Sound waves from a black hole become audible for the first time

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In 2003, astronomers discovered that a supermassive black hole in the center of the Perseus galaxy cluster, 250 million light-years away, emitted pressure waves that caused ripples in the gas of the galactic cluster. , which could be translated into notes. In musical terms, the pitch (frequency) of this sound is translated into a B-flat, but we can not hear it because the pitch is 57 octaves lower! A new sonication today allows us to hear the sound of this black hole for the first time.

In the room, no one can hear you screaming “, This famous phrase associated with the movie Alien deserves an explanation. In space, we actually hear no sound, but that does not mean that sound waves are not emitted: it simply means that there is not enough substance to transport these waves. . The space consists essentially of vacuum, in which gas and dust particles are dispersed; but these are so far apart that the sound waves they propagate are of extremely low frequency, inaudible to human hearing.

When a sound wave travels around us, it causes atmospheric pressure fluctuations; the time that elapses between each of these oscillations represents the frequency of the sound, and the distance separating the oscillation peaks indicates the wavelength. If the distance between the air particles is greater than this wavelength, the oscillations cease, the sound dies out. In space, sounds must thus have a very long wavelength to pass from one particle to another: this results in a sound that is far too deep for us – the sound that is lowest than a hearing person can detect at a frequency at 20 Hz (i.e. 20 oscillations per second).

Sounds that can affect star formation

The sound emitted by the black hole of the Perseus cluster is about a million billion times deeper than the sounds we can hear: it generates the equivalent of an oscillation every 10 million years! On the occasion of “Black Hole Week”, organized by NASA from May 2 to 6, scientists have produced a new sonication of the phenomenon based on data from the Chandra X-ray observatory, which had made it possible to detect sound waves in 2003.

This sonication is unlike any other done before. The sound waves were extracted in radial directions, i.e. from the center and outward of the black hole, and spread counterclockwise from the center. The signals were then resynthesized to the area of ​​human hearing, 57 and 58 octaves above their actual pitch. Specifically, this means that we hear them thus 144 quadrillion and 288 quadrillion times higher than their original frequency! Hear the result:

In this image, they represent the blue and purple X-ray data captured by Chandra. Radar-like scanning around the image makes it possible to hear the waves emitting in different directions.

It should be noted that the sound waves that propagate inside the galactic clusters, between the galaxies, also constitute a mechanism that makes it possible to heat the plasma from this intragalactic medium, because they transport energy – the gas is also denser there and much warmer. than outside the cluster, in the intergalactic medium. Sound waves can thus play a major role in the evolution of galaxy clusters, as star formation depends on temperature conditions.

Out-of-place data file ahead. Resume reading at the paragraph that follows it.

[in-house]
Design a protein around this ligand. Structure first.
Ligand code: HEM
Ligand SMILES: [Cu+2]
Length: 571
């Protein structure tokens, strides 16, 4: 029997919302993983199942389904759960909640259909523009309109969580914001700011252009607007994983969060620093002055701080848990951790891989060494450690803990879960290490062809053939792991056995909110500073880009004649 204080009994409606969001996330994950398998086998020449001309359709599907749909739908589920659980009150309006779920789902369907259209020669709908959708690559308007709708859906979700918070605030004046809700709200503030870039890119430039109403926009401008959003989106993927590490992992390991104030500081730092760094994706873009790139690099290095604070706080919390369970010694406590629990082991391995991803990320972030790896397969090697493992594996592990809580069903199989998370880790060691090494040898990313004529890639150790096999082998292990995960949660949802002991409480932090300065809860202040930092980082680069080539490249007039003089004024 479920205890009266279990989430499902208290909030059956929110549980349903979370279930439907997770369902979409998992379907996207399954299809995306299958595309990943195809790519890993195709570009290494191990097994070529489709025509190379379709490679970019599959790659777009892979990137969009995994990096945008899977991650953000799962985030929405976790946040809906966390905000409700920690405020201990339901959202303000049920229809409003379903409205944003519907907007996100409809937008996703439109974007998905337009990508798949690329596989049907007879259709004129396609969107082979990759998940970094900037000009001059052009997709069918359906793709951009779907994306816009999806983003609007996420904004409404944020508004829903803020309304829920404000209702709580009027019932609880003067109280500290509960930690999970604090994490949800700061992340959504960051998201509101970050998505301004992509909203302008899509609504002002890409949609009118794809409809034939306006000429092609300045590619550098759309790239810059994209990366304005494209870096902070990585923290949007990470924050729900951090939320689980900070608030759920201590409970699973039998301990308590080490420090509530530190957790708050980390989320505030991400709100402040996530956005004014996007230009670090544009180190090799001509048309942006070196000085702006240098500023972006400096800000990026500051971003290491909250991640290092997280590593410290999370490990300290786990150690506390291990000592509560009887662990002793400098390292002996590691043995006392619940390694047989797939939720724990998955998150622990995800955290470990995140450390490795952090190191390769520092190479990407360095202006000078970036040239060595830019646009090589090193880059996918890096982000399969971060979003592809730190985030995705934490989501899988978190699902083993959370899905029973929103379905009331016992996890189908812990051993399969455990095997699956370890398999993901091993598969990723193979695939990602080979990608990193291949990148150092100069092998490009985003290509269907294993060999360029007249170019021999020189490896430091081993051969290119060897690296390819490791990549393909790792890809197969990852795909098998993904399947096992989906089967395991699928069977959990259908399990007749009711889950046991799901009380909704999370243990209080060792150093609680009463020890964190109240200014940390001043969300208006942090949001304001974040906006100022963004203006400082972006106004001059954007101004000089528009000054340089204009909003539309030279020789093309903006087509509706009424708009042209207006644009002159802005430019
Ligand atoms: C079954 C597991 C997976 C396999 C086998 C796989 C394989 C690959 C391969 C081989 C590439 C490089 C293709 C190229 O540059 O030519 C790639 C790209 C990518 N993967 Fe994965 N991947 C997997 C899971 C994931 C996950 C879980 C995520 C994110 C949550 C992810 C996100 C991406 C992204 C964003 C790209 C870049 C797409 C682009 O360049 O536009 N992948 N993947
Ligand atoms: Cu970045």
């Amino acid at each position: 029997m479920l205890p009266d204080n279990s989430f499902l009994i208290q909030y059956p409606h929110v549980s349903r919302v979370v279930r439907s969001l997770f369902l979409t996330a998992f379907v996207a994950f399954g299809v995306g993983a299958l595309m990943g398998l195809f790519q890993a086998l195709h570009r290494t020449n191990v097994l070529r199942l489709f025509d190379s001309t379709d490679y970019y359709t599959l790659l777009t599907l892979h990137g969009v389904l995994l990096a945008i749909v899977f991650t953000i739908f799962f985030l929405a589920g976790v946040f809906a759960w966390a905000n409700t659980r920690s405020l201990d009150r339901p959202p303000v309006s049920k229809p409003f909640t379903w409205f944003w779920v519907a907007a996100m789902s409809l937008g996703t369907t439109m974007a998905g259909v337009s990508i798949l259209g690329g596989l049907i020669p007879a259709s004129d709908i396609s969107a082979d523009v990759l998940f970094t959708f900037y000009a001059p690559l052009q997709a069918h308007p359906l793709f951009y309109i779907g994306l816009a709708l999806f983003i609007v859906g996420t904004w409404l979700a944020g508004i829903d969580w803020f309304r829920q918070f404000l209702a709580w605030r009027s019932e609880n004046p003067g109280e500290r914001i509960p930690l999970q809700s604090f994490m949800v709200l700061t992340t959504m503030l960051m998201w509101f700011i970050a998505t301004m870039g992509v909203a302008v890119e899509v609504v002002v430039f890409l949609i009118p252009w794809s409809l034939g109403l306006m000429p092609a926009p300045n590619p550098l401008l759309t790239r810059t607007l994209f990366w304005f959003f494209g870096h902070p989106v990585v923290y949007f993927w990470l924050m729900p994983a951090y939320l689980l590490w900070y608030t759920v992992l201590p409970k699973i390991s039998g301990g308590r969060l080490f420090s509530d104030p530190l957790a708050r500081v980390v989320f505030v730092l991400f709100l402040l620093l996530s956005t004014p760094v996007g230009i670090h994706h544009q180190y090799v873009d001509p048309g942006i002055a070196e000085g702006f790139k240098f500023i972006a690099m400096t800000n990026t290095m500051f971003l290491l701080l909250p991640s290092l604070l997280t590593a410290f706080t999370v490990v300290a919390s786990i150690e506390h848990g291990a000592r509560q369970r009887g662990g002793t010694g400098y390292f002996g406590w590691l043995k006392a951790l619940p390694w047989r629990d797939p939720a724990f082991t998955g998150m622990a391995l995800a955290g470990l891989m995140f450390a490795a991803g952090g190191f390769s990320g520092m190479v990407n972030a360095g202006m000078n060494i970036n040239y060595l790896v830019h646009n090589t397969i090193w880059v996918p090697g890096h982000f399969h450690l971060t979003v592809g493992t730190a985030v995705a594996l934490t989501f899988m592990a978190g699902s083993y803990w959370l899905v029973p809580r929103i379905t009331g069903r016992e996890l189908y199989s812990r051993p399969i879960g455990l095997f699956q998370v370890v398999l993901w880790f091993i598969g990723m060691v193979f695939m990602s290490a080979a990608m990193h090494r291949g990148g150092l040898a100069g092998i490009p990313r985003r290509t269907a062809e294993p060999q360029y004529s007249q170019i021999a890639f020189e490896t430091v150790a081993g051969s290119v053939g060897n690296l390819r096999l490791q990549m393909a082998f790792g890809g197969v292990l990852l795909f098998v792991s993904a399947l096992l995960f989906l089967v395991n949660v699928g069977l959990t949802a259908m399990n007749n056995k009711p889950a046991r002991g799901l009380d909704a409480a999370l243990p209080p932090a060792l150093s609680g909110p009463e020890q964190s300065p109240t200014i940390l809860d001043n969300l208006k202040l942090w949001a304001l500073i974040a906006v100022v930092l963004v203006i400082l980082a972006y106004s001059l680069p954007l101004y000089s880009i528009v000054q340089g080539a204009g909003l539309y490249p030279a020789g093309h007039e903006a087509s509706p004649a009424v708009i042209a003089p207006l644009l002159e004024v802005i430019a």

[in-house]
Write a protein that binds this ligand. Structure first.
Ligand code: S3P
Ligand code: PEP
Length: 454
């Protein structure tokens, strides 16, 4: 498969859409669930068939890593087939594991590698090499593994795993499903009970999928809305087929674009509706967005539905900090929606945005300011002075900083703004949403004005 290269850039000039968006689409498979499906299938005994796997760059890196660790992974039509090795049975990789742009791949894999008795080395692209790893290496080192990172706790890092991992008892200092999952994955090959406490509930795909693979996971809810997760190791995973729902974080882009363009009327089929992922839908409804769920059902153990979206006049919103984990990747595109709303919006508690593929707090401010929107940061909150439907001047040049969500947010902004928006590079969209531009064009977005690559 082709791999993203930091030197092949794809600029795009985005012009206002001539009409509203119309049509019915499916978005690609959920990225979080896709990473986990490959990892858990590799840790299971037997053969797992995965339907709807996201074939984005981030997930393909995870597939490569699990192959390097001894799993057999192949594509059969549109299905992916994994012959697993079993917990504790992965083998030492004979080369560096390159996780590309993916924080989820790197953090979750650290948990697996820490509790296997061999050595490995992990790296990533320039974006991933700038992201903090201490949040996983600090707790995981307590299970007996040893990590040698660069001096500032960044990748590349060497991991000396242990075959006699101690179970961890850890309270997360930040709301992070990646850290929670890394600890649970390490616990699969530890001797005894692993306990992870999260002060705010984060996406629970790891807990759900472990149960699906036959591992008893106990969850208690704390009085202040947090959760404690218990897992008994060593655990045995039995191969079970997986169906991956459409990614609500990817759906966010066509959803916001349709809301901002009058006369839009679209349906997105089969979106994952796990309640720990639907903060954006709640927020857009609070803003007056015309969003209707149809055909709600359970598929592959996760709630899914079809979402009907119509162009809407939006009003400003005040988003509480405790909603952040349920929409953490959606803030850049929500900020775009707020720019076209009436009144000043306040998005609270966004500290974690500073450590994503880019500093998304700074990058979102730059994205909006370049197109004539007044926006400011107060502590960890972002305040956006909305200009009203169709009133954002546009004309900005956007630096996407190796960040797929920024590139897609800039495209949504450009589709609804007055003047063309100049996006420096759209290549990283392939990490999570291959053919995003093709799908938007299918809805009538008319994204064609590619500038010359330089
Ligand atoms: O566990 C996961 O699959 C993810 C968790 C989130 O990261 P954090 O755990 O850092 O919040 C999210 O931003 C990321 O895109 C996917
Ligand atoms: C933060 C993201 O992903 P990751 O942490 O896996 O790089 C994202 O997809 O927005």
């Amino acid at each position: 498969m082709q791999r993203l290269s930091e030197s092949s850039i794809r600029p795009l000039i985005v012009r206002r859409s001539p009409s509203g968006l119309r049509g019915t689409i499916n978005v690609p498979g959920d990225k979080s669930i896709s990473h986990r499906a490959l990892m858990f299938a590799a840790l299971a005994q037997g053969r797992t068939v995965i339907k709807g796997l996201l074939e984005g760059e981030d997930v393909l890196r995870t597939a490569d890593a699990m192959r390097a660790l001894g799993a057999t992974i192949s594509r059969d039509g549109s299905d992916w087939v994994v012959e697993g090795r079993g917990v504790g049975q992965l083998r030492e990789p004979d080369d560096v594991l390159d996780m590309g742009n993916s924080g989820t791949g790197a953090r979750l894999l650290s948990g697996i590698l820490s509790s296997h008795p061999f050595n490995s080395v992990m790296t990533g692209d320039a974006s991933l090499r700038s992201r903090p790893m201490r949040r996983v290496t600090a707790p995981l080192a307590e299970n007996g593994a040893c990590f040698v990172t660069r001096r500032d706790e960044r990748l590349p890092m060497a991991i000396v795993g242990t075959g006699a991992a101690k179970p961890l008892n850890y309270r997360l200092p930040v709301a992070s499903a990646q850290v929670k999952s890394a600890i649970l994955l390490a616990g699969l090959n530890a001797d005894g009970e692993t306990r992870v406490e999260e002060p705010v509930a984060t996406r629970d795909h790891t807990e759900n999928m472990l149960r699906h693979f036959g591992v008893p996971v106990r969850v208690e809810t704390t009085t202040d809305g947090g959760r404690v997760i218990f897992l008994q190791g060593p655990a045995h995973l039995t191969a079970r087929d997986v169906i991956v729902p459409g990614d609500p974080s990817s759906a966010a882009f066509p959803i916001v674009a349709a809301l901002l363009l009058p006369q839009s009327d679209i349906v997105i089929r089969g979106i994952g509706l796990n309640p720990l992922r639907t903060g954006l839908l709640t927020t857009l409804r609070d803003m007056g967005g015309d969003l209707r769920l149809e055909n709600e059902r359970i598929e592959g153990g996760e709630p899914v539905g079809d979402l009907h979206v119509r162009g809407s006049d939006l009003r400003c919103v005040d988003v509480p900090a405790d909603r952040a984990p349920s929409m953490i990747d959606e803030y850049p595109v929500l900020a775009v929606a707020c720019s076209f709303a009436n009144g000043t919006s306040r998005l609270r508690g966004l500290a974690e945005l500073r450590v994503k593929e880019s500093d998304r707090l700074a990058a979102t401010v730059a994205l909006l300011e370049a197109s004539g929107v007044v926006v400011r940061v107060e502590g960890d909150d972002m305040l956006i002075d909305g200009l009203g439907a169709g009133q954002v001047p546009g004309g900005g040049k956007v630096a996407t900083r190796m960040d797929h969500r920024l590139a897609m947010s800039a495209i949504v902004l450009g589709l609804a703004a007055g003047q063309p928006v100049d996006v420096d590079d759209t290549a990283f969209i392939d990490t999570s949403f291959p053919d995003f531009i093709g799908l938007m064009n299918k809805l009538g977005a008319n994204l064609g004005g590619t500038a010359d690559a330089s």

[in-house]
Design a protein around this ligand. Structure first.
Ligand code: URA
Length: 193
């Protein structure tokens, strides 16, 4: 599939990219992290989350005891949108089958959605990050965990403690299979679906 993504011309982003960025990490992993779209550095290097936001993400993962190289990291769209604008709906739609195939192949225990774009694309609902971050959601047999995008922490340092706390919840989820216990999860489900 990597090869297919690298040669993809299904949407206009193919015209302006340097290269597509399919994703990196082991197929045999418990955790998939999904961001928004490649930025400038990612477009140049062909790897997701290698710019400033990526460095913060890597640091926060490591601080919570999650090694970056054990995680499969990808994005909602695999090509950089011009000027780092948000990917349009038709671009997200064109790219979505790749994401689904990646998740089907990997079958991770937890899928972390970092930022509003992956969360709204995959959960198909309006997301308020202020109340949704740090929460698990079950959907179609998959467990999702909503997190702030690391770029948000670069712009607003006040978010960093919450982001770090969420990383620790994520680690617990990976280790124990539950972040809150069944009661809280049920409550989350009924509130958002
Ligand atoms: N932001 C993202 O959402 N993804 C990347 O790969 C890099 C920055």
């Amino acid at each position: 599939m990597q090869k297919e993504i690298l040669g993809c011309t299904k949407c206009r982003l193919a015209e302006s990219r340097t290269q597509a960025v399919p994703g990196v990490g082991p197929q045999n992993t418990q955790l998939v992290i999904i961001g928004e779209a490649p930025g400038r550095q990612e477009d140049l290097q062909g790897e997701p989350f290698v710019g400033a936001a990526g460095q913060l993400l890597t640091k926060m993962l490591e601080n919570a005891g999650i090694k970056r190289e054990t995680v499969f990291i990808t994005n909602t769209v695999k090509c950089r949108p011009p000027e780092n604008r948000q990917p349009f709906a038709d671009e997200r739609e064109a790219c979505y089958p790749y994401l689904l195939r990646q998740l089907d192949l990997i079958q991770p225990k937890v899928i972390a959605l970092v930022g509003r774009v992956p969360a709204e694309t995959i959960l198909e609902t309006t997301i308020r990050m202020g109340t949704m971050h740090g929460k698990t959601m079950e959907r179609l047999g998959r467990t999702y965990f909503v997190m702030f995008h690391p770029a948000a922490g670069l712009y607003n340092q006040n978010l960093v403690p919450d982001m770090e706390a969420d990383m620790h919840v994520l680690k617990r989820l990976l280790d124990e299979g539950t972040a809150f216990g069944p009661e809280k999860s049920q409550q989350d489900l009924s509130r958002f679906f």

A plasma beam transformed into a melody

If the sound coming from the galactic cluster of Perseus is the lowest note in the universe that man has ever discovered, it is not the only one that has benefited from sonication. The supermassive black hole in the Messier 87 galaxy, first photographed in 2019 through the Event Horizon Telescope collaboration, has been the subject of numerous observations from other instruments. This black hole is characterized by a huge beam of plasma that comes out of the core and extends over at least 5000 light years. The data associated with this jet has also been converted to sounds:

Note that these are not pressure waves as in the case of the Perseus cluster, but light waves with different frequencies. This video shows from top to bottom X-ray emissions captured by Chandra, optical light captured by Hubble and radio waves recorded by the Atacama Large Millimeter Array in Chile.

The brightest point on the left in the image corresponds to the location of the black hole, while the structure at the top right represents the jet produced by the material falling into this black hole. Each wavelength is here connected to a different range of audible sounds: radio waves are connected with the lowest tones, optical data with intermediate tones and X-rays with the highest tones. It can be seen that the brightest areas correspond to the loudest sounds of the sonication.

Finally, another sonication project has been launched by a group led by MIT astrophysicist Erin Kara as part of an attempt to map the environment around black holes, just as bats use echolocation to spot obstacles and prey in the dark. Black holes in binary systems occasionally emit X-ray echoes as they devour material from the nearby star: using a “reverberation machine” (Neutron Star Interior Composition Explorer or NICER), Kara and her team converted these echoes into audible sounds, in order to determine the time delays (between the initial emissions and their echoes) and follow the evolution of the black holes each time they absorb substance. Their work helps to better understand the connections between the disc, the beam and the corona in a black hole.

Source: NASA

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